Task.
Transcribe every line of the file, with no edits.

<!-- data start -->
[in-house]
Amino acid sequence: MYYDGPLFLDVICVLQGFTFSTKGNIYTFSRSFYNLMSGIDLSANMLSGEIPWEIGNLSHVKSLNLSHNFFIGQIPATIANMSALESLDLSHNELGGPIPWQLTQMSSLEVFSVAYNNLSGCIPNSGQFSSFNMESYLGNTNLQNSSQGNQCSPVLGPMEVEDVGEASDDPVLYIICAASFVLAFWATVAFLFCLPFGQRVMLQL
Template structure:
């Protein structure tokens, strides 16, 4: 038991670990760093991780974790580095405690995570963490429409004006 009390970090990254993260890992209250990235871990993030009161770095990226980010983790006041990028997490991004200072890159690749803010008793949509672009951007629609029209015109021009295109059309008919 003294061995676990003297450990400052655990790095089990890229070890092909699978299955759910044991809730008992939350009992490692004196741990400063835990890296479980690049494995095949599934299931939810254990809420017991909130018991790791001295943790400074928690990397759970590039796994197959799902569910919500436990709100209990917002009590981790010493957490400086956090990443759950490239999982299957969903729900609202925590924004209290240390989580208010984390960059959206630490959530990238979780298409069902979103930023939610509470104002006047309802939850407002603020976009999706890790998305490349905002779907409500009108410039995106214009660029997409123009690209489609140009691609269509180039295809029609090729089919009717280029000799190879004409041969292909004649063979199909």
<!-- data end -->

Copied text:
[in-house]
Amino acid sequence: MYYDGPLFLDVICVLQGFTFSTKGNIYTFSRSFYNLMSGIDLSANMLSGEIPWEIGNLSHVKSLNLSHNFFIGQIPATIANMSALESLDLSHNELGGPIPWQLTQMSSLEVFSVAYNNLSGCIPNSGQFSSFNMESYLGNTNLQNSSQGNQCSPVLGPMEVEDVGEASDDPVLYIICAASFVLAFWATVAFLFCLPFGQRVMLQL
Template structure:
């Protein structure tokens, strides 16, 4: 038991670990760093991780974790580095405690995570963490429409004006 009390970090990254993260890992209250990235871990993030009161770095990226980010983790006041990028997490991004200072890159690749803010008793949509672009951007629609029209015109021009295109059309008919 003294061995676990003297450990400052655990790095089990890229070890092909699978299955759910044991809730008992939350009992490692004196741990400063835990890296479980690049494995095949599934299931939810254990809420017991909130018991790791001295943790400074928690990397759970590039796994197959799902569910919500436990709100209990917002009590981790010493957490400086956090990443759950490239999982299957969903729900609202925590924004209290240390989580208010984390960059959206630490959530990238979780298409069902979103930023939610509470104002006047309802939850407002603020976009999706890790998305490349905002779907409500009108410039995106214009660029997409123009690209489609140009691609269509180039295809029609090729089919009717280029000799190879004409041969292909004649063979199909």